1) I assume human is the current best overall race for a paladin due to the changes in racial enhancements. Now that humans get healing amp boosts and massive bonuses to multiple stats from action boosts from their enhancement trees, they seem like the only viable option. Is there anything else that could feasibly work with a first life, 28-pt. build for the type of character I'm looking for?
Paladins as a rule are feat starved, and equally (but less importantly) skill starved. So humans are nice for the bonus feat and extra skill point. A drow makes a pretty nice TWF paladin, since they get bonuses to both dex and cha, which TWF paladins need. Bladeforged are of course excellent paladins, but Bladeforged are excellent melee, period, by virtue of their innate self-healing. (Reconstruct SLA.)
2) Silver Flame or Sovereign Host? I don't know which would confer better bonuses for someone who doesn't know what to expect later in the game. In either case, the favored weapon bonuses are absolutely worthless to me since I'll be using two-handers.
Sovereign Host, without question. Unyielding Sovereignty is an excellent ability, and is the only way to remove death penalties outside of shrining or waiting. Exorcism of the Silver Flame is much less useful.
3) What does Religious Lore do? I figure it's probably in the game to mimic the "knowledge (religion)" skill from the pen and paper version, and you get it for free anyway, but do the lore feats have any practical value in DDO?
Religious Lore does nothing. It's one of many half-finished systems that never went anywhere.
4) Turn Undead on its own seems moderately useful, but is it worth speccing into Divine Light to make it do outright damage instead? Should I bother with Improved Turning?
Turn Undead on a paladin is pretty much useless outside of powering Divine Might, which is a great feature of paladins. Save your turns for divine might, and don't invest any AP into buffing your turns. (The ones to increase the number of turns are worth considering, though.)
5) Temporary hit points. As best as I can understand it, temporary hit points give you a straight bonus to HP that don't really count towards your total, but rather act as a buffer for incoming damage. Instead of reactive support (healing), they're proactive support (lets you prepare for a situation by allowing you to take an extra hit or so). How useful are temporary hit points, and is a paladin expected to buff his allies with temporary hit points all the time? Are most temporary hit points (or spell points for that matter) on a timer or do they generally stick with you throughout a quest until you get hit and lose the buffer?
Temporary hit points are good for three main things: Reviving incapacitated players if you have no other way to cure them, loading up a buffer for when you're about to run through a trap, and "paying" for divine sacrifice. Nobody will expect you to give them temporary hit points, and you'll rarely give them to yourself.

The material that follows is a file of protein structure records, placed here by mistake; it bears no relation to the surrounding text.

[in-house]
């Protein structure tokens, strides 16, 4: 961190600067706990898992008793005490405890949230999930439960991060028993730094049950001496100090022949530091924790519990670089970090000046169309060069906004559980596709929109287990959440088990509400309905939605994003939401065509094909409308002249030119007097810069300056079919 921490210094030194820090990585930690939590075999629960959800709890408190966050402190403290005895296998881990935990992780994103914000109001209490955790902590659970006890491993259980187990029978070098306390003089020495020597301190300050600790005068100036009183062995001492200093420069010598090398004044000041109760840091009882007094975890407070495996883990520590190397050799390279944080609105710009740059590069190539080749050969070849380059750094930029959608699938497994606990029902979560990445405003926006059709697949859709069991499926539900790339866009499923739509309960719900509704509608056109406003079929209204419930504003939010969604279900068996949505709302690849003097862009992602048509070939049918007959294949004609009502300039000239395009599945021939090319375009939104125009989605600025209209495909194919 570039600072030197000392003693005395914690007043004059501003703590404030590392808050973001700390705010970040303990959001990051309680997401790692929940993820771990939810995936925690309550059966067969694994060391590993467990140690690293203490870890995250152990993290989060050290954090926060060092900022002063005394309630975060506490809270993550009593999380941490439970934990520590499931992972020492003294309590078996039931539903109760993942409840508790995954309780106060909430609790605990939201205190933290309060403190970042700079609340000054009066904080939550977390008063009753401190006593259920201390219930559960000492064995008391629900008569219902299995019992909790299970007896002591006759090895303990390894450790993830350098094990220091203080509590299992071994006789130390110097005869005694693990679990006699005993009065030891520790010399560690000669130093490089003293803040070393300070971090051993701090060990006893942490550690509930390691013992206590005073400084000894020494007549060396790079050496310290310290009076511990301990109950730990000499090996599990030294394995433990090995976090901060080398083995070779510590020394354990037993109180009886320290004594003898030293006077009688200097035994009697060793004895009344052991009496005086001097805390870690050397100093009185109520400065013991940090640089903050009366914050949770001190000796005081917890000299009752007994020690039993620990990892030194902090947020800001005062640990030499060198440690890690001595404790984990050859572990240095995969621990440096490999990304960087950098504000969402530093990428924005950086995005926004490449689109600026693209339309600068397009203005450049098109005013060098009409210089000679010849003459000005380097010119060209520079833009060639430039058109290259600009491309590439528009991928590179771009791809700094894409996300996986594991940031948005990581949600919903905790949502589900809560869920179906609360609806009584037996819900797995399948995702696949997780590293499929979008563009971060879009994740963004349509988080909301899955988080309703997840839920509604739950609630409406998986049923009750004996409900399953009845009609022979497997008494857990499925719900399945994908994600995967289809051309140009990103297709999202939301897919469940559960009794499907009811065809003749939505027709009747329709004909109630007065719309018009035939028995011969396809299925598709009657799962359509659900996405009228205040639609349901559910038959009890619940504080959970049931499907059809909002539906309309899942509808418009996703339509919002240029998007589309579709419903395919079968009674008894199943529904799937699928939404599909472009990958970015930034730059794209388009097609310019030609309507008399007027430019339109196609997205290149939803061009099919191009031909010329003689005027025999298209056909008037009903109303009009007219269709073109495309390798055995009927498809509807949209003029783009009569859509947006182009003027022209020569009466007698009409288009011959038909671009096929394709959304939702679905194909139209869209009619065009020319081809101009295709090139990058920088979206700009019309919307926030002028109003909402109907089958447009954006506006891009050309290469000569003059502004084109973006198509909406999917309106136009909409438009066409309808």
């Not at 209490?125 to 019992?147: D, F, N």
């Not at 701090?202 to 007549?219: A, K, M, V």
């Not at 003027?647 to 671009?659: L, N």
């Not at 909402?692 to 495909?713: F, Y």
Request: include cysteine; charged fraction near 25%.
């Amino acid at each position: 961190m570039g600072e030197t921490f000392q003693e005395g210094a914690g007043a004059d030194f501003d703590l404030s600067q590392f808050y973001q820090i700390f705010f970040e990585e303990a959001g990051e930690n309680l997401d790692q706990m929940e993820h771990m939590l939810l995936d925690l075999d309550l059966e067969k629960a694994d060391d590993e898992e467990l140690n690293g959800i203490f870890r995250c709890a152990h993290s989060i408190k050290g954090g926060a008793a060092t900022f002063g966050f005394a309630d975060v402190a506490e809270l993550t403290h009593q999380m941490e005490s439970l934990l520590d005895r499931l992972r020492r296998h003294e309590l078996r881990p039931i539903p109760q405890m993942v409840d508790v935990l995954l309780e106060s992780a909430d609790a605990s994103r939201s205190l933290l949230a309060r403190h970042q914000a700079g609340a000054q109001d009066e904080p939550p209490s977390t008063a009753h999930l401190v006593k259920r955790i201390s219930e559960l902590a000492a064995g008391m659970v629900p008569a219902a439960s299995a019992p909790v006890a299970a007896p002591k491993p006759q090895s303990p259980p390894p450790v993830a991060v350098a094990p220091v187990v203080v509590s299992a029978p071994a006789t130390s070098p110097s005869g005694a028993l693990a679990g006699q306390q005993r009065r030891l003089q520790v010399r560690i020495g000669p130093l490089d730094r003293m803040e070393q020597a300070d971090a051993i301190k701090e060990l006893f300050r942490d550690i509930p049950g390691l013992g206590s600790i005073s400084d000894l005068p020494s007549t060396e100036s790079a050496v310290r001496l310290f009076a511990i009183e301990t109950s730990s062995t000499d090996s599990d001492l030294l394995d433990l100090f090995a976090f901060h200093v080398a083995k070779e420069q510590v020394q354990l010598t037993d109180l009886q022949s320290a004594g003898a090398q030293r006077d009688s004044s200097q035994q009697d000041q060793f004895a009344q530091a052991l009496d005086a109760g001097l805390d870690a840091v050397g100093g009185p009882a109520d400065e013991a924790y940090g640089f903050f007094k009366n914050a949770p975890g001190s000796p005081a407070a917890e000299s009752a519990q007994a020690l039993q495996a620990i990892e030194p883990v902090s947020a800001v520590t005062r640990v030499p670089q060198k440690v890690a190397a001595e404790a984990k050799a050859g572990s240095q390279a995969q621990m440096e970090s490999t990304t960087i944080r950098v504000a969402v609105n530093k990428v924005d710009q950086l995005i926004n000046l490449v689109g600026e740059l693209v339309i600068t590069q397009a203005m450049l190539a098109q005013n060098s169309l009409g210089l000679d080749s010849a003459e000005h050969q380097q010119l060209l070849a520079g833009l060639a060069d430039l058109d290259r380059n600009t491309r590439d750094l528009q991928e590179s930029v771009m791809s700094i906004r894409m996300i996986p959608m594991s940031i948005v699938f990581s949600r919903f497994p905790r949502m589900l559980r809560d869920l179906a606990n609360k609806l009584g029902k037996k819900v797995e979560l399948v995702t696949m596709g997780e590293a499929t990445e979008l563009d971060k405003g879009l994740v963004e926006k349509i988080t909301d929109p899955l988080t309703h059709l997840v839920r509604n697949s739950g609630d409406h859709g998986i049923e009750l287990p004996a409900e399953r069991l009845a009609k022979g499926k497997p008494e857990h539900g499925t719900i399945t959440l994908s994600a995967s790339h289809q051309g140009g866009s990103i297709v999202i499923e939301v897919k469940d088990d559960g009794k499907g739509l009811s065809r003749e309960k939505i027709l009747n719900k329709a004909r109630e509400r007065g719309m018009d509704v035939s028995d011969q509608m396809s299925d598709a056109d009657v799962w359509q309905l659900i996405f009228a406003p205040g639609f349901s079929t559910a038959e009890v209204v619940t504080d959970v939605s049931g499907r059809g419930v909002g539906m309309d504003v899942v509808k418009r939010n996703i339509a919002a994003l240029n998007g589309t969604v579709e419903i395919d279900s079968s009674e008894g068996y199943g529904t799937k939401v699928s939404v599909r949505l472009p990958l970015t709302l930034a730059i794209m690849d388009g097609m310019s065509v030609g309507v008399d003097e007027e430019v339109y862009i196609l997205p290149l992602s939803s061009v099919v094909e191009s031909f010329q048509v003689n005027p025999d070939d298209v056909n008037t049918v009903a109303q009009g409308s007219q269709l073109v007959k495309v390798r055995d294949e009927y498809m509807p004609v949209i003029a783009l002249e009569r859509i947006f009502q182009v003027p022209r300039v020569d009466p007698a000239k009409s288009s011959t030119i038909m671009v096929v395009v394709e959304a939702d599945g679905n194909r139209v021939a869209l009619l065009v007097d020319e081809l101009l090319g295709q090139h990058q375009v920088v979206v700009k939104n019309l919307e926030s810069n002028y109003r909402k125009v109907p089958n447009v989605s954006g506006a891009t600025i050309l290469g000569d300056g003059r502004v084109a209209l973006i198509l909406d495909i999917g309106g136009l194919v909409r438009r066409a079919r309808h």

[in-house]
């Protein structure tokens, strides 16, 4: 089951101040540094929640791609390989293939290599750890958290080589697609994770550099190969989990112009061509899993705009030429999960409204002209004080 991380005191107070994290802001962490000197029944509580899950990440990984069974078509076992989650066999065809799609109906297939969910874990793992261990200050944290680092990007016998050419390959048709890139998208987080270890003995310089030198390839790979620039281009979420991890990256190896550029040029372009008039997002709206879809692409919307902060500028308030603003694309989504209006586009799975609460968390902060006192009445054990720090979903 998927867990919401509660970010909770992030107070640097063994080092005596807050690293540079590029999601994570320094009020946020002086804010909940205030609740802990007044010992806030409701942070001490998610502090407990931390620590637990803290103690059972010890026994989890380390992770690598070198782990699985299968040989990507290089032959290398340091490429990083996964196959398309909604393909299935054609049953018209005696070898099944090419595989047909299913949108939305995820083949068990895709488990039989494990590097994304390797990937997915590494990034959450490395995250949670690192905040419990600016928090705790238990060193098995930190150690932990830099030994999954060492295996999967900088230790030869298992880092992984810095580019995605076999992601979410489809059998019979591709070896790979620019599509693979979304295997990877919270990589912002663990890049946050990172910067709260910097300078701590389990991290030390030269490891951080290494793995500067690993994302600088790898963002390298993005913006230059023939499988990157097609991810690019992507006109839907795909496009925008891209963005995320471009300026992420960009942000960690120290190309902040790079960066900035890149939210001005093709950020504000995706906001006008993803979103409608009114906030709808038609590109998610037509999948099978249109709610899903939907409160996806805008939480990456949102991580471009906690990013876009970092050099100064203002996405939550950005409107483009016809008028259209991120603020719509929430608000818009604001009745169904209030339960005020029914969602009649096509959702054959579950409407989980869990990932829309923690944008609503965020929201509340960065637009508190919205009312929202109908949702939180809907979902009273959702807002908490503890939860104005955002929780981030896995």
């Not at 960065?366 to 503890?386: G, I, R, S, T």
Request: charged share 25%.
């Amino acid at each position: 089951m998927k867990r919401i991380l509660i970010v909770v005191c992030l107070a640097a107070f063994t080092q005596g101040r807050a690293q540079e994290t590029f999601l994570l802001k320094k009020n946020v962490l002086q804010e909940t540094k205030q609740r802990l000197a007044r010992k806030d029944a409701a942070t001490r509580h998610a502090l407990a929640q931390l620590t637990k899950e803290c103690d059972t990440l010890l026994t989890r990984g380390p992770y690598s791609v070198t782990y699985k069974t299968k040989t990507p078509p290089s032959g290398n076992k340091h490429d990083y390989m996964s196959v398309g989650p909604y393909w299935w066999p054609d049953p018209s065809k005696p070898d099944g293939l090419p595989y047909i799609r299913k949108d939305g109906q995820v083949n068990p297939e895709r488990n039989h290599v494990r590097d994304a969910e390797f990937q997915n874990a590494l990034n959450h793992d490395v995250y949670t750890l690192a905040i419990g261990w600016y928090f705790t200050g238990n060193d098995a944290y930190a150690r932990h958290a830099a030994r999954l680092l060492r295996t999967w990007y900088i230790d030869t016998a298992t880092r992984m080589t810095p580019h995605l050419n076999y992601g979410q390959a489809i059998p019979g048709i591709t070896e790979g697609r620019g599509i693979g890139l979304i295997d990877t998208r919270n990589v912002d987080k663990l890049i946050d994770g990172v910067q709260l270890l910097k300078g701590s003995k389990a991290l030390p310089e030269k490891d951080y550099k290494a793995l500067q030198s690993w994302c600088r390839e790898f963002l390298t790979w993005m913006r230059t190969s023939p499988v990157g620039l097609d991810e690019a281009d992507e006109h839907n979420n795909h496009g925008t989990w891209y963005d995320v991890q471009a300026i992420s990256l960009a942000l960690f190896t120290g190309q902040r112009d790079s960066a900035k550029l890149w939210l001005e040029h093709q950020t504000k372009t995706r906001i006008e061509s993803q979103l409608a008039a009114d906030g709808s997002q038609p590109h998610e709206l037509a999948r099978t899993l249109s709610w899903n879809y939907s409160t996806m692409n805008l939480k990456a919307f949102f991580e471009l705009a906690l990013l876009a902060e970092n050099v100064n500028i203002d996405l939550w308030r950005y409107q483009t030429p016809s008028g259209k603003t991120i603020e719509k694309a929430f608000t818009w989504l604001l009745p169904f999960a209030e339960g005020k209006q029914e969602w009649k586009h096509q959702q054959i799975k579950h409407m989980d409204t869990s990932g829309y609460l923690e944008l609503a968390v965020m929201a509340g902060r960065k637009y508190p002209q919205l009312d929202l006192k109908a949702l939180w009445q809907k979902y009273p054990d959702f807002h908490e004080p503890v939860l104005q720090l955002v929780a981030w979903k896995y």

6) What do the "channel divinity" enhancement abilities rely on? I learned from playing my rogue that certain abilities have certain requirements, like melee-only attacks or weapon-specific attacks, so does "channel divinity" have any requirements other than being a paladin, or is it just a reference to the channel energy abilities from the pen and paper version?
They don't rely on anything. "Channel divinity" is just a descriptive name for the type of ability. It does not imply anything for the abilities like pre-requisites or anything.
7) Back when I was first playing a paladin (3 or 4 years ago, and he was probably not well-optimized at all), I thought being able to heal myself whenever I wanted was pretty neat...and then I started playing higher-level areas (5 or 6) and had trouble managing my spell points. Since then, I've purchased the Catacombs pack for the Wand of Cure Minor Wounds, which I imagine would be very useful to a paladin due to his high CHA modifier, which adds to his UMD score. (If you have rogue levels, does that unlock UMD as a class skill?) I'm patient, so I really don't mind waiting around for a wand to recharge if I need to heal up before moving on, and it should last me through the mid levels at least, but I know using wands is crucial for conserving spell points. So my question is this: at what point do I absolutely need to start buying wands, and how should I budget my spell points? What spells are worth taking along, and how often should I be using them? Keep in mind that I don't know anything about the game past level 7 or so.
I never buy wands anymore. I did at the beginning of my first paladin life, but on the second and third life I never bought any wands. I did buy a stack of cure serious wounds potions, but they were largely unused. Most of my self-healing was in the form of the four Lay On Hands you get plus spamming cure light wounds after killing every other mob.
The rogue level does indeed unlock UMD as a class skill. It still costs you 2 points to train a single rank during paladin (and fighter) levels, but you can train it all the way to 23.
If you really want to get unlimited mana, I recommend a torc of prince raiyum de-II. That's a great, great necklace for a paladin. (It's a guard effect that gives you ~22 spell points when you get hit, with around a 10% to proc per hit.)